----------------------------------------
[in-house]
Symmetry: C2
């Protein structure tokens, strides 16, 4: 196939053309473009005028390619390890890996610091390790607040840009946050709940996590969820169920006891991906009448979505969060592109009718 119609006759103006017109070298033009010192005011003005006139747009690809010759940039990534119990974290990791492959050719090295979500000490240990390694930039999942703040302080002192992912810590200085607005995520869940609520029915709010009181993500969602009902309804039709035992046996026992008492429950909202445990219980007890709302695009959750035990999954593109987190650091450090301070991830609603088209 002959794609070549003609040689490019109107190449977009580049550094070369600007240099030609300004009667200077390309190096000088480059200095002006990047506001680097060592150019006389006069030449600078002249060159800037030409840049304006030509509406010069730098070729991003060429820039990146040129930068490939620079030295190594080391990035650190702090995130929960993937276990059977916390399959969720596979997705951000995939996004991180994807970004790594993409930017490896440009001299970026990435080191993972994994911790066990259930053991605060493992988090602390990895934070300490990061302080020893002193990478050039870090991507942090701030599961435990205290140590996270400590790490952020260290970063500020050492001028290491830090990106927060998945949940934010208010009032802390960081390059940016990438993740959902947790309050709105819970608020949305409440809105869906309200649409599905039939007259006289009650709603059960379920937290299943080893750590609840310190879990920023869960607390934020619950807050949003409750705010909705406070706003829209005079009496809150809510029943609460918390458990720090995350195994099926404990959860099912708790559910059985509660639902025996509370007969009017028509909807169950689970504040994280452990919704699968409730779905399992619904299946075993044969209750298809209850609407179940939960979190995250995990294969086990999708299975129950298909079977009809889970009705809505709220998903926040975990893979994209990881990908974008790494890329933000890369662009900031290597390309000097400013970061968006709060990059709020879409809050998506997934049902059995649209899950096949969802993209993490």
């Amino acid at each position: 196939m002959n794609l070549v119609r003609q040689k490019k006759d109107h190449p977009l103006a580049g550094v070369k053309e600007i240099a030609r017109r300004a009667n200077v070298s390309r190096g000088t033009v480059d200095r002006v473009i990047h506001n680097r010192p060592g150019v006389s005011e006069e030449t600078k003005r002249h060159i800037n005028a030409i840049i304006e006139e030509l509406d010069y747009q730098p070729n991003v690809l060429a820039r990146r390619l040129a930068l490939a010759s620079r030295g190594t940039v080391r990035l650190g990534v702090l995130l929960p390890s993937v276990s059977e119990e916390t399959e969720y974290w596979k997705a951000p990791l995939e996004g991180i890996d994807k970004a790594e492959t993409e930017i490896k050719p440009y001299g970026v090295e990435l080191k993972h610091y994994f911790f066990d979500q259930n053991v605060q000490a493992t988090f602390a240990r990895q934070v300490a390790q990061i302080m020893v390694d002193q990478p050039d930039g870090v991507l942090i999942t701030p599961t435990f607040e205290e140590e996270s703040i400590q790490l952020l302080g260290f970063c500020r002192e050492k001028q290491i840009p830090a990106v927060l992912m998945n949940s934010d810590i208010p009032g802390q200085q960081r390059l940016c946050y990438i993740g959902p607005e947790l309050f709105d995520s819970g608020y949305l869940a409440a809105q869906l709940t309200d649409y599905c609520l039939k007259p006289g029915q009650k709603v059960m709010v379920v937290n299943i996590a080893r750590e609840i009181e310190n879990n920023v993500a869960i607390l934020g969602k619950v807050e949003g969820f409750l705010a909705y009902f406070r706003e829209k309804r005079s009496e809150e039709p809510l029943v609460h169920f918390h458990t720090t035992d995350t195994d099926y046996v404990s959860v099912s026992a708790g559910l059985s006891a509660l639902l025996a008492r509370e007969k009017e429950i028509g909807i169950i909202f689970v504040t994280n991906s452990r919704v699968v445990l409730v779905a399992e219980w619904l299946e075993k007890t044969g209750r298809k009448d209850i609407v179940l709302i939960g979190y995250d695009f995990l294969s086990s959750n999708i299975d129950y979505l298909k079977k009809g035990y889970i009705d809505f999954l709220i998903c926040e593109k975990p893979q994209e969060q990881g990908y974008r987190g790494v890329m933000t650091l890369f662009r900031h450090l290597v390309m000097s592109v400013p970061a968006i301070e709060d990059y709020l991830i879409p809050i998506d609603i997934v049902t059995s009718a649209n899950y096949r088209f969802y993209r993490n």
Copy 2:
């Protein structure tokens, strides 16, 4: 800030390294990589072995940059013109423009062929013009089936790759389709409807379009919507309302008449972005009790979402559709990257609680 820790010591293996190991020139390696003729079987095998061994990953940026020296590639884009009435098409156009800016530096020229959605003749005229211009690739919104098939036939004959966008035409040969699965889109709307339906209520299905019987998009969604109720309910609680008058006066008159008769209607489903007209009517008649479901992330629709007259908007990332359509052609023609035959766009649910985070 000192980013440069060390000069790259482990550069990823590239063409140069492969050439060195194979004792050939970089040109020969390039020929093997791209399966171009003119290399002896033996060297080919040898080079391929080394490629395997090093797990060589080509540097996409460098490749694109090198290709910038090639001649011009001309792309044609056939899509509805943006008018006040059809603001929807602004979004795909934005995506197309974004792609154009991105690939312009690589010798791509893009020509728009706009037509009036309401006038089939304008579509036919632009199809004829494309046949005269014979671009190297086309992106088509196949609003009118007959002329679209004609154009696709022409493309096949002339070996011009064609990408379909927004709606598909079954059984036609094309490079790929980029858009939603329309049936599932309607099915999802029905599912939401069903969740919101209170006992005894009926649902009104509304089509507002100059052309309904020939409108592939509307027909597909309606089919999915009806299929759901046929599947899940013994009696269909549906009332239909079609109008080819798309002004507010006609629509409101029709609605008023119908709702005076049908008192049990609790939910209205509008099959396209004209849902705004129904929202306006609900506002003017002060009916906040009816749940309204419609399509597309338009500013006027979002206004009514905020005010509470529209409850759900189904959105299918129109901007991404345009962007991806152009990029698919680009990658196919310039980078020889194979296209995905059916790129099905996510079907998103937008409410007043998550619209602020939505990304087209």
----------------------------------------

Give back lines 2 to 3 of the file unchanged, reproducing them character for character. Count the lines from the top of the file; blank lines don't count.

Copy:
Symmetry: C2
């Protein structure tokens, strides 16, 4: 196939053309473009005028390619390890890996610091390790607040840009946050709940996590969820169920006891991906009448979505969060592109009718 119609006759103006017109070298033009010192005011003005006139747009690809010759940039990534119990974290990791492959050719090295979500000490240990390694930039999942703040302080002192992912810590200085607005995520869940609520029915709010009181993500969602009902309804039709035992046996026992008492429950909202445990219980007890709302695009959750035990999954593109987190650091450090301070991830609603088209 002959794609070549003609040689490019109107190449977009580049550094070369600007240099030609300004009667200077390309190096000088480059200095002006990047506001680097060592150019006389006069030449600078002249060159800037030409840049304006030509509406010069730098070729991003060429820039990146040129930068490939620079030295190594080391990035650190702090995130929960993937276990059977916390399959969720596979997705951000995939996004991180994807970004790594993409930017490896440009001299970026990435080191993972994994911790066990259930053991605060493992988090602390990895934070300490990061302080020893002193990478050039870090991507942090701030599961435990205290140590996270400590790490952020260290970063500020050492001028290491830090990106927060998945949940934010208010009032802390960081390059940016990438993740959902947790309050709105819970608020949305409440809105869906309200649409599905039939007259006289009650709603059960379920937290299943080893750590609840310190879990920023869960607390934020619950807050949003409750705010909705406070706003829209005079009496809150809510029943609460918390458990720090995350195994099926404990959860099912708790559910059985509660639902025996509370007969009017028509909807169950689970504040994280452990919704699968409730779905399992619904299946075993044969209750298809209850609407179940939960979190995250995990294969086990999708299975129950298909079977009809889970009705809505709220998903926040975990893979994209990881990908974008790494890329933000890369662009900031290597390309000097400013970061968006709060990059709020879409809050998506997934049902059995649209899950096949969802993209993490």